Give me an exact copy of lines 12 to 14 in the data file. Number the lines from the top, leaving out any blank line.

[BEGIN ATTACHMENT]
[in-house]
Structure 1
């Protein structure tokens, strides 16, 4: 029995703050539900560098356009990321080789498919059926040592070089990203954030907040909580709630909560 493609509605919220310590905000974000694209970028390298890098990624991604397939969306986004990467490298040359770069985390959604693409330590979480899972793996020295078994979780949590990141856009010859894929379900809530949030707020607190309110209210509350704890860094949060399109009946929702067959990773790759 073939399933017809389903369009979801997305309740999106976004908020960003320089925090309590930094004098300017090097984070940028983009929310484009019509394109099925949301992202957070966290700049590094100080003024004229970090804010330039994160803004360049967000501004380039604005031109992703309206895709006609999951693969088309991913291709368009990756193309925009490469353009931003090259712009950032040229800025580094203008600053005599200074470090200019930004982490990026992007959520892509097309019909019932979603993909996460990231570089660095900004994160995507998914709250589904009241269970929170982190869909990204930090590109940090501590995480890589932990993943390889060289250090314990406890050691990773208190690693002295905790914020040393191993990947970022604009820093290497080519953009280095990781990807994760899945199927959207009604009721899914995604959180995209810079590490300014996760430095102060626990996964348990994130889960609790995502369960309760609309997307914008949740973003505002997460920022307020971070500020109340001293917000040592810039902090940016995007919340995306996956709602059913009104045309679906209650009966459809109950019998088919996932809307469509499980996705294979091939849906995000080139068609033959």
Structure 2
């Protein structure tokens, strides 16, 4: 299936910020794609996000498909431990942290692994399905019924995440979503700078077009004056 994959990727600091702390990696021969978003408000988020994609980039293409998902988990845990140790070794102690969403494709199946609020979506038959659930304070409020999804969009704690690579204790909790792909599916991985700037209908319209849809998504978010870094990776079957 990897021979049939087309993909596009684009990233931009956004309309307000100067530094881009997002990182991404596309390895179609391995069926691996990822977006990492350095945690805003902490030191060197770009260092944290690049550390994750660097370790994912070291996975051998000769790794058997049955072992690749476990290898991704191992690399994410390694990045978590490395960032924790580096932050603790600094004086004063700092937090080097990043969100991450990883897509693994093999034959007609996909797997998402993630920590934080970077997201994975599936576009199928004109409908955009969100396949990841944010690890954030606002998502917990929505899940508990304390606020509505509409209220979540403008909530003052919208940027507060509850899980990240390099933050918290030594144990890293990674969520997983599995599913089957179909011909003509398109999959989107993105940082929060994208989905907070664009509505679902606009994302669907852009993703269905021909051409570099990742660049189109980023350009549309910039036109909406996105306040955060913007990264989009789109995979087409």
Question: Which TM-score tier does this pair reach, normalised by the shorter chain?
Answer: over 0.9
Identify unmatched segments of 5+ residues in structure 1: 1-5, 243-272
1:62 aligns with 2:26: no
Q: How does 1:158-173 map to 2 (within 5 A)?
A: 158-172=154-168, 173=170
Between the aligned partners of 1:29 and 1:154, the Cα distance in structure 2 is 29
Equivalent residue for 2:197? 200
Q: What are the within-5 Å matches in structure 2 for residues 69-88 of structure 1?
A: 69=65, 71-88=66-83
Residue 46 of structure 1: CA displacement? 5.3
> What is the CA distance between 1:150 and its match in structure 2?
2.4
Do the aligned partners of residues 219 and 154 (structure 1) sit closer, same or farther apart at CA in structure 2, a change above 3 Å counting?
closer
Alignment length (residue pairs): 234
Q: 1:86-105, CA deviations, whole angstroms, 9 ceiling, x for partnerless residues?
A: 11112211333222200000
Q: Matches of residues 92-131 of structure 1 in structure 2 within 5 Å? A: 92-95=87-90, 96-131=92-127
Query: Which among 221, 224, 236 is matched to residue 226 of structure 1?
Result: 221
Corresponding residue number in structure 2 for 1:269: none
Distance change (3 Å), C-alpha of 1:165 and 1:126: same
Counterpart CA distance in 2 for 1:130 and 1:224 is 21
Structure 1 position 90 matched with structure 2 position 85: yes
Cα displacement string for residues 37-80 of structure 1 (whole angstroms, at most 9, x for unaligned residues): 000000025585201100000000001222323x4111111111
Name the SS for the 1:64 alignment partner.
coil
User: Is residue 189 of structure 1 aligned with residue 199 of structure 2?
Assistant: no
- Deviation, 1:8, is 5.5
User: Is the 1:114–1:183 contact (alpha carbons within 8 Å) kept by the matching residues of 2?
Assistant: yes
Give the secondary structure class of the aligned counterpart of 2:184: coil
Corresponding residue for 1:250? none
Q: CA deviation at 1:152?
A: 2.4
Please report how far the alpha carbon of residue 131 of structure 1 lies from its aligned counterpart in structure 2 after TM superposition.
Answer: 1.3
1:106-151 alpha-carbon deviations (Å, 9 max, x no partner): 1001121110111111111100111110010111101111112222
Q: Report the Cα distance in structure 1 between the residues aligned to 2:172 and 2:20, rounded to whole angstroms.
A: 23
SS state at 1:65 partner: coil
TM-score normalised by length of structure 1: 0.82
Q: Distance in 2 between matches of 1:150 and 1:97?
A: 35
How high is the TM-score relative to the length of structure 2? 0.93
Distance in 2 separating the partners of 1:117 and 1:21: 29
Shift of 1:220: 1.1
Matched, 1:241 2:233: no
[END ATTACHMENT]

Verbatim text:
Between the aligned partners of 1:29 and 1:154, the Cα distance in structure 2 is 29
Equivalent residue for 2:197? 200
Q: What are the within-5 Å matches in structure 2 for residues 69-88 of structure 1?